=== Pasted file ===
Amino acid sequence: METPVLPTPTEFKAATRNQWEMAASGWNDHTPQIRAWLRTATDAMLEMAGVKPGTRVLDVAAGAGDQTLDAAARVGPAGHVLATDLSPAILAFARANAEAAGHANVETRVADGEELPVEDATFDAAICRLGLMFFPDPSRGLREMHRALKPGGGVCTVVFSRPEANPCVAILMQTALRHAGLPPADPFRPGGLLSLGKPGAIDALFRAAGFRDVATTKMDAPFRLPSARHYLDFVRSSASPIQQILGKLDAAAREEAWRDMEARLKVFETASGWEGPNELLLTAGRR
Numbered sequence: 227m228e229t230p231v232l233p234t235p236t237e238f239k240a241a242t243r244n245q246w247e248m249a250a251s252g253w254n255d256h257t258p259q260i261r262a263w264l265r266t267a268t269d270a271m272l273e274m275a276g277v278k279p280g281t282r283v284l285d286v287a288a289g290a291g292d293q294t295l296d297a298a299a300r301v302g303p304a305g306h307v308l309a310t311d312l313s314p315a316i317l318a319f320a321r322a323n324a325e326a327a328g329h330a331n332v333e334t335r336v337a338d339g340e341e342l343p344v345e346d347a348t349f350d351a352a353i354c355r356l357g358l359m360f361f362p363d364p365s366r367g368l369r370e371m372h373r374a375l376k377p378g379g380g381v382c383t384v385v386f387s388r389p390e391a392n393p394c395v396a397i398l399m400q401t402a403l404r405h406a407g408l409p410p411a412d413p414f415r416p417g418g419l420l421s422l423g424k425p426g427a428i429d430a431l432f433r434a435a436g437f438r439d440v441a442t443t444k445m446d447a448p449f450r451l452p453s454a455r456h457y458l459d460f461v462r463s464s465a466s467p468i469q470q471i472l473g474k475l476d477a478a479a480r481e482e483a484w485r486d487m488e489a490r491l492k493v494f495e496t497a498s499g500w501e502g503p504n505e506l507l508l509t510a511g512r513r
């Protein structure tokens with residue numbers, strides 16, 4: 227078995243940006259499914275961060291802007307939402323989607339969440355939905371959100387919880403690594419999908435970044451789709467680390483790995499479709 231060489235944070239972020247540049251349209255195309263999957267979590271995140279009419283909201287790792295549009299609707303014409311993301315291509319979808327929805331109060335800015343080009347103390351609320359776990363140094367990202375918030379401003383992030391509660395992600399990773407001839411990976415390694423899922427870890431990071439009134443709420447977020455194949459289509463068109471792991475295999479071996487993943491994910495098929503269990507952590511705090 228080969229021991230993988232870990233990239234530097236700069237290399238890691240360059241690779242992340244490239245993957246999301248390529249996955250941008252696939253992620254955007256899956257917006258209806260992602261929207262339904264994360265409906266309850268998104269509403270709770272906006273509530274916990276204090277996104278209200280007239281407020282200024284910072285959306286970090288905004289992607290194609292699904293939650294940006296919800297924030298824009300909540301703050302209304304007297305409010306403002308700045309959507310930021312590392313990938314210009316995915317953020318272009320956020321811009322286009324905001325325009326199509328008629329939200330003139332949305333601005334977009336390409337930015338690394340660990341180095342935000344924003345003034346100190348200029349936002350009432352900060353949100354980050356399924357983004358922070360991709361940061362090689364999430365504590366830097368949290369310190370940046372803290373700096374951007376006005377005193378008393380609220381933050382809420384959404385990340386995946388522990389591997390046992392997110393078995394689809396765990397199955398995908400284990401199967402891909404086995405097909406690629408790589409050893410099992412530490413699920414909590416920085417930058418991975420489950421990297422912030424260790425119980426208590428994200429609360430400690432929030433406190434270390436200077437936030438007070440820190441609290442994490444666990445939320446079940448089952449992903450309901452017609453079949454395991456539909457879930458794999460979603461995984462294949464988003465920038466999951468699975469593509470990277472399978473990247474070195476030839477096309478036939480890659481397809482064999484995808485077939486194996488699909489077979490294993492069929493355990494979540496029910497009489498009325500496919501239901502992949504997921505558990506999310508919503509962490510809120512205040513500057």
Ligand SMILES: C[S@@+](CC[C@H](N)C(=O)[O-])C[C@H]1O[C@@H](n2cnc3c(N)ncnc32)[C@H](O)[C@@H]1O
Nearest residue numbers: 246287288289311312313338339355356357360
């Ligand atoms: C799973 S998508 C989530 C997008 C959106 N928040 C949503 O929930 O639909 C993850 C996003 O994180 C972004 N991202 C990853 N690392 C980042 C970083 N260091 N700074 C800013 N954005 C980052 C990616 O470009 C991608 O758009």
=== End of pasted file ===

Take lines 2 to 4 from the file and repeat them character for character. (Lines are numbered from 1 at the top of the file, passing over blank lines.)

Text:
Numbered sequence: 227m228e229t230p231v232l233p234t235p236t237e238f239k240a241a242t243r244n245q246w247e248m249a250a251s252g253w254n255d256h257t258p259q260i261r262a263w264l265r266t267a268t269d270a271m272l273e274m275a276g277v278k279p280g281t282r283v284l285d286v287a288a289g290a291g292d293q294t295l296d297a298a299a300r301v302g303p304a305g306h307v308l309a310t311d312l313s314p315a316i317l318a319f320a321r322a323n324a325e326a327a328g329h330a331n332v333e334t335r336v337a338d339g340e341e342l343p344v345e346d347a348t349f350d351a352a353i354c355r356l357g358l359m360f361f362p363d364p365s366r367g368l369r370e371m372h373r374a375l376k377p378g379g380g381v382c383t384v385v386f387s388r389p390e391a392n393p394c395v396a397i398l399m400q401t402a403l404r405h406a407g408l409p410p411a412d413p414f415r416p417g418g419l420l421s422l423g424k425p426g427a428i429d430a431l432f433r434a435a436g437f438r439d440v441a442t443t444k445m446d447a448p449f450r451l452p453s454a455r456h457y458l459d460f461v462r463s464s465a466s467p468i469q470q471i472l473g474k475l476d477a478a479a480r481e482e483a484w485r486d487m488e489a490r491l492k493v494f495e496t497a498s499g500w501e502g503p504n505e506l507l508l509t510a511g512r513r
């Protein structure tokens with residue numbers, strides 16, 4: 227078995243940006259499914275961060291802007307939402323989607339969440355939905371959100387919880403690594419999908435970044451789709467680390483790995499479709 231060489235944070239972020247540049251349209255195309263999957267979590271995140279009419283909201287790792295549009299609707303014409311993301315291509319979808327929805331109060335800015343080009347103390351609320359776990363140094367990202375918030379401003383992030391509660395992600399990773407001839411990976415390694423899922427870890431990071439009134443709420447977020455194949459289509463068109471792991475295999479071996487993943491994910495098929503269990507952590511705090 228080969229021991230993988232870990233990239234530097236700069237290399238890691240360059241690779242992340244490239245993957246999301248390529249996955250941008252696939253992620254955007256899956257917006258209806260992602261929207262339904264994360265409906266309850268998104269509403270709770272906006273509530274916990276204090277996104278209200280007239281407020282200024284910072285959306286970090288905004289992607290194609292699904293939650294940006296919800297924030298824009300909540301703050302209304304007297305409010306403002308700045309959507310930021312590392313990938314210009316995915317953020318272009320956020321811009322286009324905001325325009326199509328008629329939200330003139332949305333601005334977009336390409337930015338690394340660990341180095342935000344924003345003034346100190348200029349936002350009432352900060353949100354980050356399924357983004358922070360991709361940061362090689364999430365504590366830097368949290369310190370940046372803290373700096374951007376006005377005193378008393380609220381933050382809420384959404385990340386995946388522990389591997390046992392997110393078995394689809396765990397199955398995908400284990401199967402891909404086995405097909406690629408790589409050893410099992412530490413699920414909590416920085417930058418991975420489950421990297422912030424260790425119980426208590428994200429609360430400690432929030433406190434270390436200077437936030438007070440820190441609290442994490444666990445939320446079940448089952449992903450309901452017609453079949454395991456539909457879930458794999460979603461995984462294949464988003465920038466999951468699975469593509470990277472399978473990247474070195476030839477096309478036939480890659481397809482064999484995808485077939486194996488699909489077979490294993492069929493355990494979540496029910497009489498009325500496919501239901502992949504997921505558990506999310508919503509962490510809120512205040513500057």
Ligand SMILES: C[S@@+](CC[C@H](N)C(=O)[O-])C[C@H]1O[C@@H](n2cnc3c(N)ncnc32)[C@H](O)[C@@H]1O